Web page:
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30/04/2021

Deal required for net-zero homes, says report

Words: Laura Edgar
Green homes / iStock-1048838798

The government has been urged to commit to making every social home in the UK as energy-efficient as possible by 2030.

The Covid Recovery Commission says this should be part of a national deal for net-zero homes – a 15-year pathway to the decarbonisation of the housing stock.

The deal should also comprise a ‘green homes bond’ – a social impact bond to provide the upfront funding for retrofit of buildings in return for a long-term share in savings made through cheaper energy bills.

A national deal for net-zero homes is one of a number of policy recommendations in the commission's final report, Ambition 2030: A Partnership for Growth, which sets out a National Prosperity Plan. This seeks to help create globally competitive industries in every part of the UK, as well as deliver on the government’s net-zero commitments and reduce the economic and social inequalities that have widened as a result of the Covid-19 pandemic.

Chief executive of the RTPI, Victoria Hills, an advisory group member of the commission, said: “I warmly welcome proposals for a national deal for net-zero homes which closely align with the RTPI’s climate action work. We have long called for all new homes to be carbon-neutral and for a national retrofit strategy to ensure existing housing stock is decarbonised.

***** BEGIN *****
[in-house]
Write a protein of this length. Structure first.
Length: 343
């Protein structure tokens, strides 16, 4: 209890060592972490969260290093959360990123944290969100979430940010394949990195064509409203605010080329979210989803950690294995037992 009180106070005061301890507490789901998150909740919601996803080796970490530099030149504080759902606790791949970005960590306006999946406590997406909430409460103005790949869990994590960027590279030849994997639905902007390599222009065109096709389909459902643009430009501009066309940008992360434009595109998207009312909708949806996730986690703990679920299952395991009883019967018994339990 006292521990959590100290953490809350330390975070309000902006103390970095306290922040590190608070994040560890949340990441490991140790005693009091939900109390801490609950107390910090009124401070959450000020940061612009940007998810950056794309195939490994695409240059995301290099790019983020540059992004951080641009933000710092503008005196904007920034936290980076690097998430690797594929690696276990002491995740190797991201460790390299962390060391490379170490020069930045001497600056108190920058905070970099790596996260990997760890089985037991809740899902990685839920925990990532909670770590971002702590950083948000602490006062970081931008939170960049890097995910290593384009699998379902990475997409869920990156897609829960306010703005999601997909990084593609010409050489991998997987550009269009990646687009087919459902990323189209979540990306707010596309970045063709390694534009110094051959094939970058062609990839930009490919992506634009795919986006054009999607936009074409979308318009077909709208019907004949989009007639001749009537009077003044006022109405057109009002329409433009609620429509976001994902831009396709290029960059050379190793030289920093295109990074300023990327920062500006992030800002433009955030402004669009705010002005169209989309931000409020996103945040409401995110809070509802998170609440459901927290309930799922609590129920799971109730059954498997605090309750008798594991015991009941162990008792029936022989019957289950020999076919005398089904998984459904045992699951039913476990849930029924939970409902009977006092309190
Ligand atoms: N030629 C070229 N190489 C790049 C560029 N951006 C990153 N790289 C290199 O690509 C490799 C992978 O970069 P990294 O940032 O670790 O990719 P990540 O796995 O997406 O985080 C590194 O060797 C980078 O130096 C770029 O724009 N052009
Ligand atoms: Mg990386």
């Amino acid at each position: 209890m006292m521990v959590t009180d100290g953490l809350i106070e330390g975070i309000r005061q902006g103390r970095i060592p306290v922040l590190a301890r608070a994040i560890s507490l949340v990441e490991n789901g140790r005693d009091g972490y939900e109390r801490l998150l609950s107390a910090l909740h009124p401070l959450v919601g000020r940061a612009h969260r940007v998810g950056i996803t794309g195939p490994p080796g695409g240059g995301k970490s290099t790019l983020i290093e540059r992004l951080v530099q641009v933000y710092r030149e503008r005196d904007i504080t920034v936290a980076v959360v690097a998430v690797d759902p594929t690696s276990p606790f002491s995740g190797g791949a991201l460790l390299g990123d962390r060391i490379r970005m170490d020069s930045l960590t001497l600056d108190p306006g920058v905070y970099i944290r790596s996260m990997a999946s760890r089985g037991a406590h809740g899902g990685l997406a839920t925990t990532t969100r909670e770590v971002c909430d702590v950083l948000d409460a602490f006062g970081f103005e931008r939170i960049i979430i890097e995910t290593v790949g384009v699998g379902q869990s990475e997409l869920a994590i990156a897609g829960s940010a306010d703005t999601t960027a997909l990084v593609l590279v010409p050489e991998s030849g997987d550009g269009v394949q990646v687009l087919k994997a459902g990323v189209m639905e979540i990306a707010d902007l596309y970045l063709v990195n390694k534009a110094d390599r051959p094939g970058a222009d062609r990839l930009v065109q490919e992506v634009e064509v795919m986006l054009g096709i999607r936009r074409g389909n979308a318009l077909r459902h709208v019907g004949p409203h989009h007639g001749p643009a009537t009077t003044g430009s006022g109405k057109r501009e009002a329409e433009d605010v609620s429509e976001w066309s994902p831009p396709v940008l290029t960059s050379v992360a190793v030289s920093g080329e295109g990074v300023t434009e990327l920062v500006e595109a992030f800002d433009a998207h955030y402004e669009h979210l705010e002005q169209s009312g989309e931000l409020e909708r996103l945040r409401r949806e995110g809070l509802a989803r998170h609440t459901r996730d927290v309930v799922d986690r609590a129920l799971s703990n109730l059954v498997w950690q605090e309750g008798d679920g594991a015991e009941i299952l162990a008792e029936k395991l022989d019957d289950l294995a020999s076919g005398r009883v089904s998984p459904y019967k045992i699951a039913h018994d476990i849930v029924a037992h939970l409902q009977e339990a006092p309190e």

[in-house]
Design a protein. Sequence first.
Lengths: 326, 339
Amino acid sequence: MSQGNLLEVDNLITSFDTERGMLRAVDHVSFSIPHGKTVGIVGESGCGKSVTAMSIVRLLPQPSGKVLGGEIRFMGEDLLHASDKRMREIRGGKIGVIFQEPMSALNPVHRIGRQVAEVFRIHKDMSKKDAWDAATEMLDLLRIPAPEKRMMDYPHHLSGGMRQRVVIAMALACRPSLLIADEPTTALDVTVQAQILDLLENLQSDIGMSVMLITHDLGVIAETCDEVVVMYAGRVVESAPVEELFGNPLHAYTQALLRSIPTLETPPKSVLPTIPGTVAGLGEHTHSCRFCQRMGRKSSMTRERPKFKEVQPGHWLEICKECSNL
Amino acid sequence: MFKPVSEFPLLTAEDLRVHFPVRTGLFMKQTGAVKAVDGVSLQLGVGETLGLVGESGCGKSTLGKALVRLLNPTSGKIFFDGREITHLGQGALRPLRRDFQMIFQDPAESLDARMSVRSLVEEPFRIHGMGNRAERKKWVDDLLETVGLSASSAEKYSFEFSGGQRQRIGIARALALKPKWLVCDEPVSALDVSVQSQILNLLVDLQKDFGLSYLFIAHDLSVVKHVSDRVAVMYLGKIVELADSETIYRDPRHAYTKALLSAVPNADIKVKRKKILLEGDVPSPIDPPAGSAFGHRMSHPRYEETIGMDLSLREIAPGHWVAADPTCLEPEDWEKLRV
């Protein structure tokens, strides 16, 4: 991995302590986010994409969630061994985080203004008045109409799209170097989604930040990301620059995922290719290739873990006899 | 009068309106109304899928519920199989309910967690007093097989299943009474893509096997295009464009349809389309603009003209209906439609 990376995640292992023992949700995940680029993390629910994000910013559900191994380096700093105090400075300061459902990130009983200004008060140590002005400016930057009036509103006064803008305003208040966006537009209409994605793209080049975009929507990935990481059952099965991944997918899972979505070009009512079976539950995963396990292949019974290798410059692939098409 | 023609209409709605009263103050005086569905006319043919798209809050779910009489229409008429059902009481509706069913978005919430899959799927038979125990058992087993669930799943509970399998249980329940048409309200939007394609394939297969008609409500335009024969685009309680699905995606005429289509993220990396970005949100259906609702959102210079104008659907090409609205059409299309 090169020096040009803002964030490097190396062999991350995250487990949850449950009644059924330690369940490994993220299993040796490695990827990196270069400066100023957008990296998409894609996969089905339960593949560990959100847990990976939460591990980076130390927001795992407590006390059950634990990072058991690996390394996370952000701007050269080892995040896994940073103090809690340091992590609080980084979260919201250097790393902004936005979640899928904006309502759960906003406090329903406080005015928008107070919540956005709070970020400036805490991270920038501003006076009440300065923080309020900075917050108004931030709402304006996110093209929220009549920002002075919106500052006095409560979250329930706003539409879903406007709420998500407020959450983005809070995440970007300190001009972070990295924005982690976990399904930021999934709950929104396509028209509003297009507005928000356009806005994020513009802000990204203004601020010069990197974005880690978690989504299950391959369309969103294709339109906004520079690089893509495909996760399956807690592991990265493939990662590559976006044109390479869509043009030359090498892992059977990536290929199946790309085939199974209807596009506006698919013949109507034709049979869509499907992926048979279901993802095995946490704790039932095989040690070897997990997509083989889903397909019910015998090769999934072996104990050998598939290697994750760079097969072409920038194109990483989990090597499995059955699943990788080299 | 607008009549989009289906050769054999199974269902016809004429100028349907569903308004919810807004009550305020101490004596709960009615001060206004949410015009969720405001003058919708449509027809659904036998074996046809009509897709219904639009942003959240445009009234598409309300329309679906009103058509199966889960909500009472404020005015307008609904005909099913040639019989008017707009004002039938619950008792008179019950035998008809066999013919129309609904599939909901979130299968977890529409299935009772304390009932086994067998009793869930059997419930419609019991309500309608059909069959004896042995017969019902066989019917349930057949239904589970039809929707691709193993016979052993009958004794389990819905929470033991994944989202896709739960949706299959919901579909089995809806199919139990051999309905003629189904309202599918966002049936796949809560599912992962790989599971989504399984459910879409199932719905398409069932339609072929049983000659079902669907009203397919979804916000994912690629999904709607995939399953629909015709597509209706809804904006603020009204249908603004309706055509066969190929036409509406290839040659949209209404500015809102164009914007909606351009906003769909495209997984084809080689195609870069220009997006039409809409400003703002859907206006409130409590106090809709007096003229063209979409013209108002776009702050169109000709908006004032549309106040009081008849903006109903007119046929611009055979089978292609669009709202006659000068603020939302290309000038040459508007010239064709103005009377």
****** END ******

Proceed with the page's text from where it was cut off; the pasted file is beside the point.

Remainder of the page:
“I was delighted to be an advisory group member over the last year which enabled me to ensure the role of planning was integrated into these proposals. However, I will once again repeat our calls for local authority planning departments to be adequately resourced to enable them to deliver these bold ambitions.”

The report also proposes the introduction of a national prosperity scorecard to measure ‘levelling up’ against a set of social as well as economic indicators, including employment and benefit dependency rates as well as health and educational outcomes. Local leaders would be tasked with developing their own local prosperity plans to help to drive growth in every part of the UK.

John Allan, chair of the Covid Recovery Commission, said: “A national prosperity scorecard will be key to evaluating the success or failure of local plans to level up communities. By looking beyond purely economic measures, it could also act as a vital warning light for local communities. Measures on the scorecard should include issues which are important to families such as mental and physical health, community resilience and transport connectivity. They should be set by central government, but then it should be up to local leaders to drive local action.”

For the report, which has been authored by WPI Economics, the commission consulted more than 100 public policy specialists, academics, business groups, representatives from the devolved nations and the eight combined mayoral authorities.

Read Ambition 2030: A Partnership for Growth on the Covid Recovery Commission website.

Image credit | iStock

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